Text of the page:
Where 2.0 has become a launch-pad for new geo products. As a sign of the times, these announcements focus on APIs rather than the usual feature-increments or partnership propaganda (we geo folk always prefer the Walk over the Talk). Here’s a handy reference list in no particular order:
The free service “simplifies the process of de-duplicating and matching content like business listings, reviews, check-ins and events to their true location”; it is the first of what will certainly be many Local Disambiguation platforms we see that attempt to generate concordance between how Places are called. With this product Placecast appears to be moving out of the ad-world and into the geo platforms space. Details are few as the API is not yet out the door, but you can sign up in advance at the link above.
An all-in-one iphone SDK that brings location to social sharing applications: “in a Local Faves-enabled wine app, users could check-in to a restaurant via the wine they are drinking, giving the app developer the opportunity to broadcast user location” or allow users to “see where around the world their favorite song is playing, or view all songs playing locally”. I’m not yet convinced that the overly broad use cases demonstrate anything otherwise unavailable to developers, but this product (and the company’s recent launch of SpotRank) shows how Skyhook is positioning itself in the center of the geoweb to become a critical provider of location context. The API comes out ‘mid April’; register in advance here.
One for the toponymsters: a geographic Rosetta Stone” that lets you convert between GeoPlanet WOEIDs (Yahoo’s open place-based identification namespace) and other geographic naming systems including, most notably, Geonames. A step in the right direction from my geo alma mater, but I would hope that Yahoo is planning to do something very similar with Business Listings if it is to avoid being out-maneuvered entirely in the immediately forthcoming Social/Local landscape.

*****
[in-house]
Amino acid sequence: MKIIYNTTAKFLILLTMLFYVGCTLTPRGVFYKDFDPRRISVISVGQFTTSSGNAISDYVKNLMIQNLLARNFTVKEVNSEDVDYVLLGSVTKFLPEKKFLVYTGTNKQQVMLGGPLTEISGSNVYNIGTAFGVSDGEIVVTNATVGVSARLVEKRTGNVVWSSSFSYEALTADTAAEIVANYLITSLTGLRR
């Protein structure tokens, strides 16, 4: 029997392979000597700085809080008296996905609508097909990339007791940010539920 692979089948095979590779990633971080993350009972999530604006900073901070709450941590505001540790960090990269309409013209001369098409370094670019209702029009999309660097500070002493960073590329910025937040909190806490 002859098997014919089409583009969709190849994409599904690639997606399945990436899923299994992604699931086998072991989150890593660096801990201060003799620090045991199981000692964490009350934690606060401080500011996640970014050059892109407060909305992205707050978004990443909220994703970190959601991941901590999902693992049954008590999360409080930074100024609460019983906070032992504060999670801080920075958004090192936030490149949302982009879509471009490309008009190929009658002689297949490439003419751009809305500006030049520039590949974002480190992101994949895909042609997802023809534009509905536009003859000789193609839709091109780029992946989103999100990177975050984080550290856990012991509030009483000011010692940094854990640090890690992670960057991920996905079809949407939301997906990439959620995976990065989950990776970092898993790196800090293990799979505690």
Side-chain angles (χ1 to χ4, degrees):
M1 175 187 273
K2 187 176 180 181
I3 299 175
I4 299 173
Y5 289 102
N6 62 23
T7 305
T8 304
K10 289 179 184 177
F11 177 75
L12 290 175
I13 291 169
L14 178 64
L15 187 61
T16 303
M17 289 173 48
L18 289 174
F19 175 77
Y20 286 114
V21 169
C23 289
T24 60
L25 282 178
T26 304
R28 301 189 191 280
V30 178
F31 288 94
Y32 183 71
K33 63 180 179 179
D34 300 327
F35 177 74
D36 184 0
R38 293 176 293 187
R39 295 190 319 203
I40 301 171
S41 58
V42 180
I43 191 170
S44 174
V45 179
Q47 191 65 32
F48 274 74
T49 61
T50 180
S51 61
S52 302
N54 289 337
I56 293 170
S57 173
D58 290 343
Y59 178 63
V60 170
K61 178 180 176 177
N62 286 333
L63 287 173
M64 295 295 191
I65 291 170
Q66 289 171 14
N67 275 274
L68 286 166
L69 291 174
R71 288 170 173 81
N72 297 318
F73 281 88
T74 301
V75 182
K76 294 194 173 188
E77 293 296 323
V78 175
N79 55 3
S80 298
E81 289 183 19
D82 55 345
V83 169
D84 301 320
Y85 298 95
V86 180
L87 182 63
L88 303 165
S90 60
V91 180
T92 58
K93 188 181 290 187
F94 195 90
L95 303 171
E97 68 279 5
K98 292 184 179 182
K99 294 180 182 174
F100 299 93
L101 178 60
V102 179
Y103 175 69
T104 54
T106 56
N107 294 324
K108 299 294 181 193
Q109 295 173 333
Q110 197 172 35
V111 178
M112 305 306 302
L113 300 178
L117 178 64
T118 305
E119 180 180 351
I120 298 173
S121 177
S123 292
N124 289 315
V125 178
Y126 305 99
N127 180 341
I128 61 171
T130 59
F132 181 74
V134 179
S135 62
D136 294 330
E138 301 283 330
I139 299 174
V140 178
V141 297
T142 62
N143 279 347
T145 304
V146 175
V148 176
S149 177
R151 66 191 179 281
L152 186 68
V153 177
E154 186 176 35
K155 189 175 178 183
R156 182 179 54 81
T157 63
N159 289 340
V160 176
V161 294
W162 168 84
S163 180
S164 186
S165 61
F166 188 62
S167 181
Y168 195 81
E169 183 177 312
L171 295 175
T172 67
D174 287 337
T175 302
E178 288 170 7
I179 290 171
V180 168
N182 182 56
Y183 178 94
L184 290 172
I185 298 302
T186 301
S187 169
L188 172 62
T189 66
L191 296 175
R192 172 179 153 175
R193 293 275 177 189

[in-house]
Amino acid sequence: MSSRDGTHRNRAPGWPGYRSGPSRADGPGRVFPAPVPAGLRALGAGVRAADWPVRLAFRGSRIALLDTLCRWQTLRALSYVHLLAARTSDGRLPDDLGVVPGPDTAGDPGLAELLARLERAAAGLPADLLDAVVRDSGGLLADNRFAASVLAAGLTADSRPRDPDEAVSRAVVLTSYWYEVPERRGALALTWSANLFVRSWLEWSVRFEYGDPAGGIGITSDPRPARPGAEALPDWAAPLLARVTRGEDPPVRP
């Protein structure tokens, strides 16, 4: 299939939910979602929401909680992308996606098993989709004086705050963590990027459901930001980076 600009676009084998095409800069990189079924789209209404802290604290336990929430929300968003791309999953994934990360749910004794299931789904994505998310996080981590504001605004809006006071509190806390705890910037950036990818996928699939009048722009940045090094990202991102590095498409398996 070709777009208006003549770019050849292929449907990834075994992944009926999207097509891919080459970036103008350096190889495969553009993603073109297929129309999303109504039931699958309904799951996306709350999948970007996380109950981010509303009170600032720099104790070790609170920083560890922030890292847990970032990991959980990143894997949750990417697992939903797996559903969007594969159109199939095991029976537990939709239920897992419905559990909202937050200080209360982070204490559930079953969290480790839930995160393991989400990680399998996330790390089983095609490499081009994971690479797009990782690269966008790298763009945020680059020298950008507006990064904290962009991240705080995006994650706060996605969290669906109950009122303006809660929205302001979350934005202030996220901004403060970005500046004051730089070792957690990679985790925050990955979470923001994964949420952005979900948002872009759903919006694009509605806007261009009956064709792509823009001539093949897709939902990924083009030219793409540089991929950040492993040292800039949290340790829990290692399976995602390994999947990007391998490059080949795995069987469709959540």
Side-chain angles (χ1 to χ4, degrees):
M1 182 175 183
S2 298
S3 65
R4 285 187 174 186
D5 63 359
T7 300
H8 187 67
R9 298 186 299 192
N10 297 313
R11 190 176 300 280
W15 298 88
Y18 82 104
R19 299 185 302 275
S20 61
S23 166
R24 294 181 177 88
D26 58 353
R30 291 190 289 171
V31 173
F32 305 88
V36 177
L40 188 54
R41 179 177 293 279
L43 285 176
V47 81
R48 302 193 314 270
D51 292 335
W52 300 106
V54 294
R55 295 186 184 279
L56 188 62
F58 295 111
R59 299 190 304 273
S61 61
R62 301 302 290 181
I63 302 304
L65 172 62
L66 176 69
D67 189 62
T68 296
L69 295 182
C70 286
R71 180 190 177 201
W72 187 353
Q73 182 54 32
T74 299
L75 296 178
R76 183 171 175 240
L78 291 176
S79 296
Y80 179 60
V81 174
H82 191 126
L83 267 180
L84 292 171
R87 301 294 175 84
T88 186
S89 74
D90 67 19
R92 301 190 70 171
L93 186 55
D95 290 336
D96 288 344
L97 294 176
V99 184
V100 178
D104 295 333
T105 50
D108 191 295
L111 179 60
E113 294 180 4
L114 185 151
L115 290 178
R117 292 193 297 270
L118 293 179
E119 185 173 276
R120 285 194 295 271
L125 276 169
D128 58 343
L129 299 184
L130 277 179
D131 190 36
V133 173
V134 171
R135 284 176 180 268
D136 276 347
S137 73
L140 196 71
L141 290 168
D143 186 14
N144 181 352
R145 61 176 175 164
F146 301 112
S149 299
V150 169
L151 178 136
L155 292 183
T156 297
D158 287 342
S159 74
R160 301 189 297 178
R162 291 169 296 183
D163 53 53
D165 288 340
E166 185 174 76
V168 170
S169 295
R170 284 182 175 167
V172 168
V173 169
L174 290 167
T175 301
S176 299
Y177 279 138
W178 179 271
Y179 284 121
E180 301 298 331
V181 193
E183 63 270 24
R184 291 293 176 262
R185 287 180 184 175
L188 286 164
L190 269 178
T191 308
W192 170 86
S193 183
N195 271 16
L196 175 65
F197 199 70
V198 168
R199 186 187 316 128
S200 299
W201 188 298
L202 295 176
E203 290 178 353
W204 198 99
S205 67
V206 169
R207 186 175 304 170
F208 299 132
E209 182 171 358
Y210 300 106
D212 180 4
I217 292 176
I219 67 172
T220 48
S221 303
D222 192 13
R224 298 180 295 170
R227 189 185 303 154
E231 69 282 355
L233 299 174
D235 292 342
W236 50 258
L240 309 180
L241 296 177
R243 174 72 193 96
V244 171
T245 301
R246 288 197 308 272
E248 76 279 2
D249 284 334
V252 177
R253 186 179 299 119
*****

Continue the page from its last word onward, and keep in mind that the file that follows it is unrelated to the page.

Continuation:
SimpleGeo is only about a year old now but is successfully positioning itself as a dead-easy geo service and recently boosted its small team with a few seasoned hires. The nascent API is available via XML and JSON and includes supported iphone SDK and PHP PEAR libs. The functionality is basic, but growing: object-based point storage, proximity lookups, reverse geocoding (in US) and spatiotemporal headcounts via Skyhook’s SpotRank (above). Expect more services to be integrated via their recent deCarta and Quova deals. Use it now for free for up to 1m calls-per-month, and then scale up as far as Amazon’s S3 will take you.
Have I missed any? (Let me know.) These products are the litmus of the geo sector: what we are seeing here is the importance of Business Listings as first-person reference (soon to obviate Yellow Pages entirely), the continued advent of simple-and-deep over shallow-and-feature-rich product methodologies, and the “virtuous circle of data,” where the use of these products generates value (data about us), which is exposed again through the API. Platform plays like these — not the next iPhone app — are what genuinely carry the sector forward.